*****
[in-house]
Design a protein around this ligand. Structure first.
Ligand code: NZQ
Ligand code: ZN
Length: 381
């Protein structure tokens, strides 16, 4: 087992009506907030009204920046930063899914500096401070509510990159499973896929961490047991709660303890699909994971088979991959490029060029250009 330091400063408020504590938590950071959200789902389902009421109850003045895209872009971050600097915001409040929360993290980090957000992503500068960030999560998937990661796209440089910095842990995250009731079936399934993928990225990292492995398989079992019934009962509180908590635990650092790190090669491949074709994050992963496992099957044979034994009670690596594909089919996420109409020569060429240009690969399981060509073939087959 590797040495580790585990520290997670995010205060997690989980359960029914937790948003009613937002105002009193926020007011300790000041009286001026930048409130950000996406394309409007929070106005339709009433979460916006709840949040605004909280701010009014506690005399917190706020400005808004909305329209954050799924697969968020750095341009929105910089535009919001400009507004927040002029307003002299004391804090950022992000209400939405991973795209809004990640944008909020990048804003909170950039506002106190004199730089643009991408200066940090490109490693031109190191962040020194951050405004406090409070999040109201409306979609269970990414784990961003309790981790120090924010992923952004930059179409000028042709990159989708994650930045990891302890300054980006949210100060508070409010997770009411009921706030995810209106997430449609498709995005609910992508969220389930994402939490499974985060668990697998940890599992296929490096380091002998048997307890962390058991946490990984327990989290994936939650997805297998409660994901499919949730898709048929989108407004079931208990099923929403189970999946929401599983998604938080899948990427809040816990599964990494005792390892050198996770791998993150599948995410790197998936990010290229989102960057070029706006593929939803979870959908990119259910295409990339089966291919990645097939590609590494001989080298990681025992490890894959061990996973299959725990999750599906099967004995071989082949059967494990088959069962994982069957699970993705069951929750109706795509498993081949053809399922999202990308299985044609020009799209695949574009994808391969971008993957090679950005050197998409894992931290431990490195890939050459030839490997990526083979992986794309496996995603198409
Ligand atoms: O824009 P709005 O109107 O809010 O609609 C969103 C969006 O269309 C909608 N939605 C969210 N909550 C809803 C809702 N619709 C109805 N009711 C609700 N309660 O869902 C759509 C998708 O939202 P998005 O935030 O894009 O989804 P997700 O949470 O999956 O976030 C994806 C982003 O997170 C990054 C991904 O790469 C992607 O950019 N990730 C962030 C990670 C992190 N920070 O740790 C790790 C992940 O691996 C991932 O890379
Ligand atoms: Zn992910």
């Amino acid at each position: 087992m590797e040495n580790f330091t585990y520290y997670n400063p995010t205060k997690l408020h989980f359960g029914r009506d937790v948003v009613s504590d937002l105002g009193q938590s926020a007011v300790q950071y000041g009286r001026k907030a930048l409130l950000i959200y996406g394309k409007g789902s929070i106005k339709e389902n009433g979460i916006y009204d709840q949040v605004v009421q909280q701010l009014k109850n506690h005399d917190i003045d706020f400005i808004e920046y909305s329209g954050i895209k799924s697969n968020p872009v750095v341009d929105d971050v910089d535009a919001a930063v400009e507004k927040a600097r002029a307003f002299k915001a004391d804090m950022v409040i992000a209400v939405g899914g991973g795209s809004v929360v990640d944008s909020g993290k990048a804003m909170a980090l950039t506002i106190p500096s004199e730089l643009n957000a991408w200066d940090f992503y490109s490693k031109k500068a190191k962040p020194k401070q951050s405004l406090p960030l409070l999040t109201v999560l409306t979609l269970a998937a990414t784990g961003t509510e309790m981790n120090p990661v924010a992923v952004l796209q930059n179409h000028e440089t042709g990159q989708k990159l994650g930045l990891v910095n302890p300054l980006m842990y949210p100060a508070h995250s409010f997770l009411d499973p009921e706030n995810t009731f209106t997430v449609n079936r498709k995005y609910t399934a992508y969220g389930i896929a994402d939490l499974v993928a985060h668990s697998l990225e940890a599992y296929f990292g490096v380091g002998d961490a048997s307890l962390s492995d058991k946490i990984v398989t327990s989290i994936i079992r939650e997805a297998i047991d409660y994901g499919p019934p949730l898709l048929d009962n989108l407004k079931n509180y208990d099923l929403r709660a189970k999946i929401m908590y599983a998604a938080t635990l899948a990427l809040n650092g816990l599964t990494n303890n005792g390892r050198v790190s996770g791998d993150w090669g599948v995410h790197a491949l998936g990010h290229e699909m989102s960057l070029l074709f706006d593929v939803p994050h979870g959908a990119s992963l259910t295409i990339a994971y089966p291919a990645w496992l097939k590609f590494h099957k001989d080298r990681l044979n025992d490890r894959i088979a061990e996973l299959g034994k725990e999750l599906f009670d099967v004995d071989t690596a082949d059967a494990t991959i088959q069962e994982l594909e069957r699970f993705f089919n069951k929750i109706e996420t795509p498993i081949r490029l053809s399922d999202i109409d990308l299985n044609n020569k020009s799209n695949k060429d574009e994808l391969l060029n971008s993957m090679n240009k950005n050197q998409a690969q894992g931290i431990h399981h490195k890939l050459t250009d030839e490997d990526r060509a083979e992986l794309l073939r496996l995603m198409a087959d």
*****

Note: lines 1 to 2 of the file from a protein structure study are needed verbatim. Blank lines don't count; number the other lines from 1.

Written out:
[in-house]
Design a protein around this ligand. Structure first.